The definition of a successful entrepreneur is someone who is driven, ambitious and willing to take risks that others won’t.
Being an entrepreneur takes dedication, hard work and thick skin, and it often requires being ready for anything: Expect the best, but be prepared for the worst.
Debbie Blanchard, owner of D’Medici at 316 E. Main in downtown Montrose, and two other businesses, is that person. She is tallish, older than you’d guess, self-confident, vivacious, business-minded, detailed-oriented, and, astrologically speaking, a quintessential Capricorn.
A transplanted Canadian, she settled in Montrose 12 years ago. She and her husband Ray were looking for a new place that would satisfy both of them. He didn’t want it too hot; she didn’t want to shovel six feet of snow. Montrose fit the bill.
Blanchard had been in the footwear business in Canada.
She owned five stores in five shopping centers. In June 2011, she bought an historic Montrose Main Street building and opened D’Medicis in March of 2012.
“I wanted to move to a stable community–an ag community because they don’t move around a lot. I could see Montrose growing because, since the last census, it had doubled in size,” she reflected.
Blanchard grew up in downtown Toronto in a small multi-ethnic community. “Ten months of the year I’d go to school and the other two months I spent at the 150-acre farm my family owned north of Toronto.” Free as the wind, she could do whatever she wanted.
“By the age of ten I had my 22 semi-automatic rifle. I’d go groundhog and porcupine hunting. I could do whatever I wanted to, as long as I cut the grass, and helped the farmer who rented the fields, lifting and bucking bales. I had a great childhood at that farm,” she recalled wistfully. “Then you grow up and you have to go to work.”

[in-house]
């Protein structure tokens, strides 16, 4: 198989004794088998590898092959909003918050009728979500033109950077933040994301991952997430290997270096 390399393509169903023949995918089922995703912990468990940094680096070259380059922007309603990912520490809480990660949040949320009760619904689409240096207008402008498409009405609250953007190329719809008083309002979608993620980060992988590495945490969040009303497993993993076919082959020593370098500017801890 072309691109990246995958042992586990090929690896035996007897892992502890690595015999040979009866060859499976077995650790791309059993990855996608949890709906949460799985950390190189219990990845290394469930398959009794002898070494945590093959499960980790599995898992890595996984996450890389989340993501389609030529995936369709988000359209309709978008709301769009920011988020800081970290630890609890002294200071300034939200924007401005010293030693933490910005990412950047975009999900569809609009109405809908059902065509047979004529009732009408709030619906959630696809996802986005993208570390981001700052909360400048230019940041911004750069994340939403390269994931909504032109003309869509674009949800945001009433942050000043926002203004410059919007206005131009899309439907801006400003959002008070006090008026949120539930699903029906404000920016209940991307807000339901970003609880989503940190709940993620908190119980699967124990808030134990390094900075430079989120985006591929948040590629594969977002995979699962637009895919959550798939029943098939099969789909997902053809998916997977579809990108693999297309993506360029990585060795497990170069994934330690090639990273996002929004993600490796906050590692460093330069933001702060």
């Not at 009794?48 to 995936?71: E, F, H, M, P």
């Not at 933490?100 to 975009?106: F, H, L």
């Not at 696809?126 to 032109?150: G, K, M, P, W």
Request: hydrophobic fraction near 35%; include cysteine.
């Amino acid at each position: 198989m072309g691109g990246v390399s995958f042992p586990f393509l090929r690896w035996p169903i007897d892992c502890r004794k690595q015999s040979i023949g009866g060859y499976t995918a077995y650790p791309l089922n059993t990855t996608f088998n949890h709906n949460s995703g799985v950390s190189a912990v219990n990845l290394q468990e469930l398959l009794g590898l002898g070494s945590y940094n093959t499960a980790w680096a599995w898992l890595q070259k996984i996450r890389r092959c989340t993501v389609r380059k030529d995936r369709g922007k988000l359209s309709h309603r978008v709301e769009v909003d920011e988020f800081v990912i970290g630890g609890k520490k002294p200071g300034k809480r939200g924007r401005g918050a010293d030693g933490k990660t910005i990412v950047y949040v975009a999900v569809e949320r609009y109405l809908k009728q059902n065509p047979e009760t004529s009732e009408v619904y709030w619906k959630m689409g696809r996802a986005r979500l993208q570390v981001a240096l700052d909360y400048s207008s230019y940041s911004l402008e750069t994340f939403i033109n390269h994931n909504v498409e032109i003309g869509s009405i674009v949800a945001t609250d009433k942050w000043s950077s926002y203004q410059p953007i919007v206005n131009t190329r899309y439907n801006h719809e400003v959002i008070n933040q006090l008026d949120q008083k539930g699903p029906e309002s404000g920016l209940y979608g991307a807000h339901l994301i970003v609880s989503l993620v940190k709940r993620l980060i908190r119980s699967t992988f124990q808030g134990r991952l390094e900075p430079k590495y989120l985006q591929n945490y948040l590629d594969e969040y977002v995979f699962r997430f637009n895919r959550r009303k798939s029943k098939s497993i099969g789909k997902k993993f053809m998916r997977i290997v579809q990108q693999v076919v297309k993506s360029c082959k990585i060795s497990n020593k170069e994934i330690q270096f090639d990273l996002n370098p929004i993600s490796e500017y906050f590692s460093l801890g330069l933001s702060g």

She went to university and earned an Honors degree in economics with a minor in economic history.
“I think I only went because at 18 I didn’t think anyone would take me seriously about opening retail stores. It did help me.”
Blanchard believes she was meant to be in business. From the age of 14, she was doing her father’s books for his footwear companies.
“He taught me how to do it and I used to go to his accountants’ meetings, so I knew what to expect.”
“I loved retail,” she said. “My father had shoe stores so I was trained in that. I took it a little further and went to Europe and imported a lot of the shoes I had in Canada.”
The store sold only footwear when she opened in June 2012. ”I knew going into a small town that just limiting yourself to footwear was going to be a struggle.” She realized that she would have to add another component.
People said they loved the quality of the shoes but couldn’t she carry clothing. That was lacking in town. Especially since Montrose was attracting early retirees.
“Even though they loved the outdoors, they still went to functions and wanted to be dressed properly.”
Blanchard has a blended family with husband, Ray, his two adult sons and her three adult children.
“Every one of the children understands a work ethic,” she said. “That’s what Ray and I brought to all of our children. If you don’t work, you don’t get paid, and if you want to be successful you have to put your best foot forward and you have to work.”
“After D’Medici,” she continued, “I opened Hypoxia because everyone was asking for active wear and I couldn’t fit everything in D’Medici. I sold Hypoxia to Raymond, Jr. because he wanted a store when he moved his family here from Texas.”
The other store, Coloradology, 316 E. Main, began as a partnership between Blanchard and her daughter, Jamie.
“It’s sort of the quirky side of both of us — the fun side, the novelty side. It’s fun, but it’s a lot of work because there’s a lot of inventory. Everything from novelty socks to rubber duckies, puzzles, logo wear for children and adults.”
The Holiday store 328 E. Main, was an idea Blanchard got from going to the trade shows.
“I saw all the holiday items that these gift areas sell and fell in love with the home decor things.”
Her economics degree is apparent when she explains that “statistically, independent stores come and go about every five years.”
“I plan to stay. I’m not going anywhere for a long time,” she said. “The money stays in the community.”
She supports the Montrose County Fair, especially the kids.
Blanchard sees expansion in the future of downtown Montrose, hoping that more independent businesses open.
“I’m expecting downtown will get busier.” Her caveat: “Don’t open a business that someone else already has. Be your own person. Do something different.”
Mavis Bennett is a
freelance writer for the Montrose Business Times.